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Kuwaiti Intelligence. Do they have any?


In the last few days this author has found 55 documents or images on his Google Drive account that he did not place there and that are each in some way apparently compromising of him. Some of them are genuine documents or images; some are fakes; some we cannot tell (we have run them by various experts in digital manipulation). All the evidence suggests that they were harvested by the Kuwaiti Directorate of State Security, a part of the Kuwaiti Ministry of the Interior and hacked into the relevant Google Drive account as part of the KSS's unlawful international attempts at intimidation / extortion of one or more foreign citizens.


'

In its activities abroad, the KSS focuses on the espionage on those regional neighbors that could pose a potential threat, namely Iran and Iraq. On the domestic front, the agency is tasked with counterespionage and, mainly, with the monitoring of immigrant communities. Its stations are located across the country, including at borders and airports. The Investigations Department of the KSS works alongside the police in security controls.

'


Here is a list of the 55 documents / images:


  1. A passport copy of an Eastern European citizen in a sensitive country (which document this author had never seen).

  2. An image of a hippopotamus, referring to a former sexual partner of the author (it was their WhatsApp image).

  3. An application to a Swiss authority for an excerpt from their criminal records file. (Never on the applicant's computer.)

  4. A set of law firm internal accounts for a two-year period starting over ten years ago. (Unknown whether genuine.) Predate the Google Drive account.

  5. A senior UN position job application made via the UN's external jobs e-portal. (No Google Drive interaction in the making of such an application.)

  6. A call log from a number unknown to the apparent UK number 07946 660592. (Impossible to tell whether genuine or a fake.)

  7. A letter to the Chinese Ambassador to Geneva - in Mandarin. (No Google account interaction.)

  8. A document entitled 'Thibault Fresquet fake reference letter' and signed only with a JPEG signature. (Probably fake, given that the title of the document includes the word 'fake'.)

  9. What appears to be a piece of inter parties legal correspondence with someone called 'Xiaodong'. Impossible to say whether geunine. No date, notepaper or context.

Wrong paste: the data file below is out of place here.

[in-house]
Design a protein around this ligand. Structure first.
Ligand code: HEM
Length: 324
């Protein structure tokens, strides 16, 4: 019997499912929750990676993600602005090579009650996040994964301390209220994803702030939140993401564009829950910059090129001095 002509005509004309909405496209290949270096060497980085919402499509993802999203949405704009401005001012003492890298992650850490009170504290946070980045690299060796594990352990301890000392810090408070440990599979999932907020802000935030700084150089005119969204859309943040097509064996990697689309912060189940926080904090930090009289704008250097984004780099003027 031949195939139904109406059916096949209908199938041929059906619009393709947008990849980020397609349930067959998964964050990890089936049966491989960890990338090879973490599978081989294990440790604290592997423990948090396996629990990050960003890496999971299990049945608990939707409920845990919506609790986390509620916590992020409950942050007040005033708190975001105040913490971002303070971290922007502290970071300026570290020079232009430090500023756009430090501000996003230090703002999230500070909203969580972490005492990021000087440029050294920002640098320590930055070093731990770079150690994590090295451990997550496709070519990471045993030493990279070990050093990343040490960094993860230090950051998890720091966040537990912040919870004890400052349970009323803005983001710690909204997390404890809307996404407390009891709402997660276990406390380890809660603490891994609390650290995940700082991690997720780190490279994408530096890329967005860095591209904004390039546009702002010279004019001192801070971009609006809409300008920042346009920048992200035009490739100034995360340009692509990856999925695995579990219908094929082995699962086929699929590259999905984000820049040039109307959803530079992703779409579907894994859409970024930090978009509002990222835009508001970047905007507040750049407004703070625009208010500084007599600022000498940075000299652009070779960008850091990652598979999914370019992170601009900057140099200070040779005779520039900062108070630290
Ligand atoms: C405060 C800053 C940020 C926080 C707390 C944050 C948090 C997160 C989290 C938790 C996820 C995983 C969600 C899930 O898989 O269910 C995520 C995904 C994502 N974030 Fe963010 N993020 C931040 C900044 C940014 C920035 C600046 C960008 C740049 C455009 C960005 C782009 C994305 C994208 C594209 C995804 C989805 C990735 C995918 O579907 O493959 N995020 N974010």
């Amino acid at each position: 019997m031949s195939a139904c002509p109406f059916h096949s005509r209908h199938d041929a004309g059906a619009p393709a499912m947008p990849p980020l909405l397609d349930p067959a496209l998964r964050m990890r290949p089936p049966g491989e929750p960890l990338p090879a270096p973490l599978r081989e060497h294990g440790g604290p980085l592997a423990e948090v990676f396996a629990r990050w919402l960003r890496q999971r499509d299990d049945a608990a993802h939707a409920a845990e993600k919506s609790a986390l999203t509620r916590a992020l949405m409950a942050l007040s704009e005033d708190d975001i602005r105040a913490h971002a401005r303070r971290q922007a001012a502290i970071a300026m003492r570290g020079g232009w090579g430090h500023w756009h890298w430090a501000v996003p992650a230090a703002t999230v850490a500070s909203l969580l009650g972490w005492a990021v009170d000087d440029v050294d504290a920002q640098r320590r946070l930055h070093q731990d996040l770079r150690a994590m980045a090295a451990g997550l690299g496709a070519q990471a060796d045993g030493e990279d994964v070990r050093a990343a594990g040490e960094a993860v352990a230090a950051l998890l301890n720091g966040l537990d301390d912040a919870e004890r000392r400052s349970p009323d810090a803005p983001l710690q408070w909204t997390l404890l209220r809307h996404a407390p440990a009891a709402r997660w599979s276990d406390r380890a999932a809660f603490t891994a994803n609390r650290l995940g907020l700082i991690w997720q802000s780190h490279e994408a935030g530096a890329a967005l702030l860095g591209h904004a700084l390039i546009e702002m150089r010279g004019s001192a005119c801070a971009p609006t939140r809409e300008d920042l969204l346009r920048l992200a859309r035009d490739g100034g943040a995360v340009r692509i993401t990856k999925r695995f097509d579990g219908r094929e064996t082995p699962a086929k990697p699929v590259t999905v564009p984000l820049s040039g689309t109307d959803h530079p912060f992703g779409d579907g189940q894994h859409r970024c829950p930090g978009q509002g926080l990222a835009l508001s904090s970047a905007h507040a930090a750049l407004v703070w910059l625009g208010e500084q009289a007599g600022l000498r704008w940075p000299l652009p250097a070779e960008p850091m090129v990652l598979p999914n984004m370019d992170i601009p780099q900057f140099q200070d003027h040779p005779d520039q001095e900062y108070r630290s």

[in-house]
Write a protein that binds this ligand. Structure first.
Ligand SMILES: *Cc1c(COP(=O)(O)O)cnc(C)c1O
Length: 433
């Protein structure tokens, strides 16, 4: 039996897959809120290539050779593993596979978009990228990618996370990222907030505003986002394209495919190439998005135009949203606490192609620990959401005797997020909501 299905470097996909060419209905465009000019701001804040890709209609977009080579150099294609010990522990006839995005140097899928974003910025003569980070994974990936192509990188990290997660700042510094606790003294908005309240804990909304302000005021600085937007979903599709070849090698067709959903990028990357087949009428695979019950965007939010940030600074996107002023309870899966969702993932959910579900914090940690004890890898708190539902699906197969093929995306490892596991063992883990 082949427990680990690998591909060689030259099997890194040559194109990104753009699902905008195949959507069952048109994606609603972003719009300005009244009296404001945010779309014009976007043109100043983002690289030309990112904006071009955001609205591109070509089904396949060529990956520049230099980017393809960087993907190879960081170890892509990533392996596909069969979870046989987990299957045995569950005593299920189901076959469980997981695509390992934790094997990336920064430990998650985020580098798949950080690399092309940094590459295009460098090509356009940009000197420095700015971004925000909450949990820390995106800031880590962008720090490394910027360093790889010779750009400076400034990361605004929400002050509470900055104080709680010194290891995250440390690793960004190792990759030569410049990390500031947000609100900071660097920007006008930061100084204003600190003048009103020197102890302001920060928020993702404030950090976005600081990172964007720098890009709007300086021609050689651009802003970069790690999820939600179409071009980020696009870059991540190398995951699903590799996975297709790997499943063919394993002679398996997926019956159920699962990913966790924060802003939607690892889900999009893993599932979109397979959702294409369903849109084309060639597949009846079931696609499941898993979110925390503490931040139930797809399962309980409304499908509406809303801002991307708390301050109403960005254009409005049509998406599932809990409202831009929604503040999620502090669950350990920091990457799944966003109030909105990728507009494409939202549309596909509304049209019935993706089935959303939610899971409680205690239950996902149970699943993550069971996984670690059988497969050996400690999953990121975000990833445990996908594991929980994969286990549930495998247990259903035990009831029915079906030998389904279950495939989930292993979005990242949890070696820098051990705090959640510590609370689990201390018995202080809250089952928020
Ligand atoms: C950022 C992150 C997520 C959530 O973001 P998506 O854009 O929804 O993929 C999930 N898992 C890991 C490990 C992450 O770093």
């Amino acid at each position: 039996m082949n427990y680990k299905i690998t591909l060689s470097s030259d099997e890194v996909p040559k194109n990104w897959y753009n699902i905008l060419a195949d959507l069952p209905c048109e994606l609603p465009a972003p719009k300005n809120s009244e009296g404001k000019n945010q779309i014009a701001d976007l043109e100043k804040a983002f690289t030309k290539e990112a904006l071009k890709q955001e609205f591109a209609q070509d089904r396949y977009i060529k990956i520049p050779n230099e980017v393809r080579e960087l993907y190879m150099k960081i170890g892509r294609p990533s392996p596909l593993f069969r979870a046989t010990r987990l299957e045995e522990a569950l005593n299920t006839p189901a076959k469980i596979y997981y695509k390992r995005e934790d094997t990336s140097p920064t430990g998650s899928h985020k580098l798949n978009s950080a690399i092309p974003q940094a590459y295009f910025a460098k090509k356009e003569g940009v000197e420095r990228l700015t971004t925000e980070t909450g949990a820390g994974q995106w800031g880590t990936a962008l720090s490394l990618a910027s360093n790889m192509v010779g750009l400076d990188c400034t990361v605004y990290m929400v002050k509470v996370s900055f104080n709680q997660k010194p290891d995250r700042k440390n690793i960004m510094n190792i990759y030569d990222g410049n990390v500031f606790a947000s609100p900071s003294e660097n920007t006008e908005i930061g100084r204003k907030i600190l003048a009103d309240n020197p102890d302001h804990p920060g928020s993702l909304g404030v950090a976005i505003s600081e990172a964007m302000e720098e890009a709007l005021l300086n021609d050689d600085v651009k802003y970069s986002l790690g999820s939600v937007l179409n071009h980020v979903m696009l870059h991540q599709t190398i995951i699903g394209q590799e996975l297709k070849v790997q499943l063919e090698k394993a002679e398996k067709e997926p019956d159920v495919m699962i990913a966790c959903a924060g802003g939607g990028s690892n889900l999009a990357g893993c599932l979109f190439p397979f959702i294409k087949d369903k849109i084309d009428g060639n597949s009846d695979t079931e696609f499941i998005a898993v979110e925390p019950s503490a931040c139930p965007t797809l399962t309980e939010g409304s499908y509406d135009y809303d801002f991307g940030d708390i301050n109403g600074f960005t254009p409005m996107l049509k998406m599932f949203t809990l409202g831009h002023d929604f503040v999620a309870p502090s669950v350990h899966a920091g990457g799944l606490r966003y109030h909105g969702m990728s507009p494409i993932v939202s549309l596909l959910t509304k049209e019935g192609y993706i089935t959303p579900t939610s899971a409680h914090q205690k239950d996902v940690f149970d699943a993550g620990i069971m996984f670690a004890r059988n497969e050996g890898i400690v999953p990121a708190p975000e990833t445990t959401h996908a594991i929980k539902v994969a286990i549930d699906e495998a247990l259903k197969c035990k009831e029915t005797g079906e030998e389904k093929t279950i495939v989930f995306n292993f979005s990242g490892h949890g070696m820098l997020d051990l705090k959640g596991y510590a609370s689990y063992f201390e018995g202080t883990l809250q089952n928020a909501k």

10. University of Cambridge Visiting Scholars Application Form (blank - no details completed).

  11. A blank cream foolscap piece of paper with 'contact me / requires writing' printed in the top left hand corner but nothing else. (Never seen before.)

  12. Psychiatrist's certificate that a patient had been seeing him regularly. (Document only ever dealt with in hard copy.)

  13. 73-page report of an independent panel into allegations of misconduct in the management of UNAIDS, a UN specialist agency.

  14. Letter from the Masonry Universal Lodge in Geneva to a person unidentified. (Note: this author, being a Roman Catholic, cannot be a Freemason as it is forbidden by Roman Catholic doctrine.)

  15. A document asking someone to 'please wait' while a document called 'requete en conciliation' (Swiss legal French for 'request for mediation') is downloaded; no case details are revealed. (Total mystery.)

  16. A document entitled 'accounfs system' which appears to document certain expenses flying between Belgrade and Moscow in the latter part of 2007. (Not clear who the payment beneficiary or the payor is but could from the formatting be the UN or a UN agency.) (Far pre-dates the Google Drive.)

  17. Serbian travel insurance confirmation document (obviously fake; contains a national identity card number for a person who is not a Serbian citizen) (Document never seen before.)

  18. An article about corruption in the European Commission and the 2017 crisis in Catalonia.

  19. A white blank A4 document entitled 'bb' and with '1/1' printed in the top right hand corner.

  20. A draft affidavit apparently for the Cypriot courts in the name of a Russian gentleman called Vitaliy Smagin apparently suing some 10 defendants. (The document is neither signed by anyone nor does it bear a court stamp.) (This document may date from as far back as 2008; it was not a matter this author worked on.)

  21. The curriculum vitae of a Russian legal assistant.

  22. An internal page of a French language legal document the parties to which are not identified and the purpose of which is unclear.

  23. A photoshopped black-and-white photo in a provocative pose of a lady called Antonija Palic from Zagreb.

  24. A report by 'Wikistrat' entitled 'The Impact of COVID on the MENA Region'. (Never seen before.)

  25. A copy of the photo page of this author's passport.

  26. An extended CV of this author.

  27. The first page only, with a court stamp, of a Geneva indictment.

  28. A photograph of this author with his two young children on vacation in the summer of 2022.

  29. An image from the App 'Windy' (a weather application for mobile phones) apparently focused upon the Ukrainian city of Kherson (currently under Russian occupation).